Willa Paskin at Slate poses a very good question, and sums up her subject nicely, when she says, “Humans have always been obsessed with things. Tulips and Twin Peaks and the Beatles did pretty well in their day. But adults used to obsess about things in a more steadfast manner, by having long-term interests known as hobbies…Why are we getting hysterically excited about very good but not hugely original cultural products seemingly every other month? Why have we turned into compulsive obsession-seekers?”
She offers what seem to be plausible explanations. She points out that social media makes things seem more popular than they actually are because all of your Facebook friends are as obsessed as you are. Paskin is right. I poked around and found out that 30 million people watched the regular season Seinfeld episode “The Soup.” Twenty years later, only 3.5 million watched the season finale of True Detective. The truth is, everybody wasn’t talking about True Detective. When everybody was talking about Seinfeld, everybody was actually talking about Seinfeld.
But just because she’s right about some facts doesn’t mean she’s really onto something. If data were truth, there wouldn’t be separate degrees in Sociology and Statistics.
Maybe we are on the cusp of a realization. Perhaps our psyches, stretched as thin as celluloid and cell phone screen protectors, are about to make a breakthrough. After all, isn’t it always darkest before dawn?
In times past, Keats obsessed on the images on an urn, Pope upon a pastoral scene, and we obsessed on those poets. But the book, while not dead, is dying, and with it the poet. Ten thousand years ago there were no books. But there were flowers, and I’m sure someone was obsessing on them. Our screens have become our books and flowers. Up through the concrete sprouts a colorful little thing called True Detective and a group of hominids crouch down, grunt, stare and point.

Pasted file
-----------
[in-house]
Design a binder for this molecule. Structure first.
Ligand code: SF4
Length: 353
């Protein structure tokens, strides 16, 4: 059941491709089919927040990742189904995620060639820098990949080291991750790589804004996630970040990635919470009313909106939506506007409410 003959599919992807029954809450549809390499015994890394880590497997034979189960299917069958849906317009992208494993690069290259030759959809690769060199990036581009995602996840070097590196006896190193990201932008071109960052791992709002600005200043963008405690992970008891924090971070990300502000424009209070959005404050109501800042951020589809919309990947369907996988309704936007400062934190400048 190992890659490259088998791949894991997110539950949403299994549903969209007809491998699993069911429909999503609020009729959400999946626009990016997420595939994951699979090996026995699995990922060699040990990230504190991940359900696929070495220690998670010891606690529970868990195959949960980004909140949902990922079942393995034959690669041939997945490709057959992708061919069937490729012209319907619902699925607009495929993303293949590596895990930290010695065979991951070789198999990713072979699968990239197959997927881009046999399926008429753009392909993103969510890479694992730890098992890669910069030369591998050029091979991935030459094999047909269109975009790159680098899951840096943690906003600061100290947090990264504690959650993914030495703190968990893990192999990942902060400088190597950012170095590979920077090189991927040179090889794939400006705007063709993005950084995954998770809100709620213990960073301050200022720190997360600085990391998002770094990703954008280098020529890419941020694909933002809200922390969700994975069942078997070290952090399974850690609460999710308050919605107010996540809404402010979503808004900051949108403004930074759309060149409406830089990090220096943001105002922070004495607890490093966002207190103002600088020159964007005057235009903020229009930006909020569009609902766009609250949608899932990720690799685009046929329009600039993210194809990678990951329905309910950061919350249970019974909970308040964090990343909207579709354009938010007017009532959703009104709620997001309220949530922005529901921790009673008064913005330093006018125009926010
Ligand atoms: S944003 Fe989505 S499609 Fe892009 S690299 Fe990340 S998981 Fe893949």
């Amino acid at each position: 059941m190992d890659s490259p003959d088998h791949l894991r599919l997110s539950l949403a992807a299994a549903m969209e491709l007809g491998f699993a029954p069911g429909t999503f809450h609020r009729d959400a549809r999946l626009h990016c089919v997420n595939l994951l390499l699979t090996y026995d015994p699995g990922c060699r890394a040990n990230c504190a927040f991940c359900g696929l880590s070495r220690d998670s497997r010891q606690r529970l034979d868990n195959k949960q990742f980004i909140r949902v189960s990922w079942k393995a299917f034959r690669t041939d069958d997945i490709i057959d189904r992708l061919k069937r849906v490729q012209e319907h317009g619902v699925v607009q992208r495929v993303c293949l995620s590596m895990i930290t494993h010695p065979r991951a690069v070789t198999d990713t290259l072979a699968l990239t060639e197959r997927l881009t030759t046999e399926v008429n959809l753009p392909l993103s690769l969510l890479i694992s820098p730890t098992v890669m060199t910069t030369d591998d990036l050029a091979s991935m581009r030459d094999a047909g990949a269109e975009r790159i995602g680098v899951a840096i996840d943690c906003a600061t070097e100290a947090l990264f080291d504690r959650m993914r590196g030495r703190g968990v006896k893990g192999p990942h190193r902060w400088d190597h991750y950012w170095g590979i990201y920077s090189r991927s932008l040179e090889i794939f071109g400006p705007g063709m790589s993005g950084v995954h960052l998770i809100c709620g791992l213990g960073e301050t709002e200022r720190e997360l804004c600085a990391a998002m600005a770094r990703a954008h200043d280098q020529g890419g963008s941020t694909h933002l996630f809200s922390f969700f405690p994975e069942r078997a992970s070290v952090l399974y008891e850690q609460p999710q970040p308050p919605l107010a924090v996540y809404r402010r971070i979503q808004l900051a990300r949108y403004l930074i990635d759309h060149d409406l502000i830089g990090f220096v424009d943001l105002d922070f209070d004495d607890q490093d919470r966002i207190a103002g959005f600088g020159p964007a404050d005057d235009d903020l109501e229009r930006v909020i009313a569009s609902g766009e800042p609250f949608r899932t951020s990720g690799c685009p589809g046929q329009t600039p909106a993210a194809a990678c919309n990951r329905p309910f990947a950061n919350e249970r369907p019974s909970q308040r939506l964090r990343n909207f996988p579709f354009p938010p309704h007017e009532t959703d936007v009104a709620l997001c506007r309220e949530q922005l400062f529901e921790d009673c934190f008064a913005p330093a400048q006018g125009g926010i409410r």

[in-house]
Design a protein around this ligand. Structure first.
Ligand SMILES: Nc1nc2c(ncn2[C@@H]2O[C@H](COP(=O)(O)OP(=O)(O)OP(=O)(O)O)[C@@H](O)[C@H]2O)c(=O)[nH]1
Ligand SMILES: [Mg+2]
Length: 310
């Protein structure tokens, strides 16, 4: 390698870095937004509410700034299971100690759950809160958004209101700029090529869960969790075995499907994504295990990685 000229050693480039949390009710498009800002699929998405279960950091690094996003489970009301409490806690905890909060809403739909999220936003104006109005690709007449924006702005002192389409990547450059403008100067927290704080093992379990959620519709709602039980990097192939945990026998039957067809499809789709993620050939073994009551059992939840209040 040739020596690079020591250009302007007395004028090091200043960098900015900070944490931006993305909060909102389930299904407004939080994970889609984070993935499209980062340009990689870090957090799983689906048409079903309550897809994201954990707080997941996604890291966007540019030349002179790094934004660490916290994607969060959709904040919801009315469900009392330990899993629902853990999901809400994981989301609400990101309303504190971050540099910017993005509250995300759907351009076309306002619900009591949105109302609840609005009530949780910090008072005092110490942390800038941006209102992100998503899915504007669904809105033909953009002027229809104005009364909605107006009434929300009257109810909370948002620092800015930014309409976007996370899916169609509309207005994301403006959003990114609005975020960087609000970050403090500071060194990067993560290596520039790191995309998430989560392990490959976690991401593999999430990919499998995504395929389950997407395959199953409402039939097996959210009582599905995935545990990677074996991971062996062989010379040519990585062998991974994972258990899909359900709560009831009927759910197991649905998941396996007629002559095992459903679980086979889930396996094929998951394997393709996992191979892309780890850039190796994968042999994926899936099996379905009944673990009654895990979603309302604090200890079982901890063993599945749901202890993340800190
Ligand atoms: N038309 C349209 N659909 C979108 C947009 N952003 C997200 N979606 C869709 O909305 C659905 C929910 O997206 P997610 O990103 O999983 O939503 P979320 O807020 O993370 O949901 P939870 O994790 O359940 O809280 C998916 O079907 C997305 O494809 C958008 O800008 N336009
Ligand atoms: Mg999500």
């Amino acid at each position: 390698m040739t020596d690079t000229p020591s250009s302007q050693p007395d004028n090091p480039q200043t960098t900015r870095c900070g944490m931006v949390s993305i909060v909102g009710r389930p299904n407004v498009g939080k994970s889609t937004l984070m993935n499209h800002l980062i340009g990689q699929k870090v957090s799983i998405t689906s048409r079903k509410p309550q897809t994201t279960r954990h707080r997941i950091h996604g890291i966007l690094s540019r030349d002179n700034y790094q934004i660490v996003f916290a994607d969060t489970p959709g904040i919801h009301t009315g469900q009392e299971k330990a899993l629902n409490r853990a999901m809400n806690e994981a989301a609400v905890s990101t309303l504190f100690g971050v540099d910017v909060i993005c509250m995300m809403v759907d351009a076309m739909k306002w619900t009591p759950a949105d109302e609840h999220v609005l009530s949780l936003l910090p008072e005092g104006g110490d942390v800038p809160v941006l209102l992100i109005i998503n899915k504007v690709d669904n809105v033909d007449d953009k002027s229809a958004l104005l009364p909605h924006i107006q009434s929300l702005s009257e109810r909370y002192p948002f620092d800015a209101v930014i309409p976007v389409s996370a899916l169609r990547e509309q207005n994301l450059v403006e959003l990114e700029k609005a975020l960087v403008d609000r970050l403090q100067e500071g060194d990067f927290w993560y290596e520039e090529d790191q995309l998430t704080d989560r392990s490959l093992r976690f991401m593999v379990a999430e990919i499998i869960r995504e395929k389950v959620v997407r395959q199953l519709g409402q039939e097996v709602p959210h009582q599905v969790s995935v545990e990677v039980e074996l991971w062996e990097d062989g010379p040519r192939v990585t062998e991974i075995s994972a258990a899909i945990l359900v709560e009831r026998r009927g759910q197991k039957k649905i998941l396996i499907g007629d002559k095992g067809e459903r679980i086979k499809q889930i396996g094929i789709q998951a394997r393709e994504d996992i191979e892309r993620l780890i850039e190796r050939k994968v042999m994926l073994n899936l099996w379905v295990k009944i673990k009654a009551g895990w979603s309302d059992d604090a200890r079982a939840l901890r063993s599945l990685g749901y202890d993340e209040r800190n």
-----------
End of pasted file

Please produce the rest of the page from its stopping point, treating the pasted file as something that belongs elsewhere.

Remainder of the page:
Is it possible that some of us are about to realize that enlightenment is in the details? That anything can be meditated upon, and that meditation leads to deeper realizations about one’s place in the universe?
The problem is of course that flowers and poems don’t move and talk. Movies, TV shows and YouTube videos are more likely to distract the eye and overload the mind. Moving faces literally speak to us in ways that flowers and urns cannot. Still, isn’t it possible that some individuals, after a few decades of drifting from one obsession to the next, are about to detect and break a pattern?
Is it possible that some of us are about to realize that it is time to stop, sit quietly, and meditate on the beauty of an actual flower rather than upon the flickering image of one?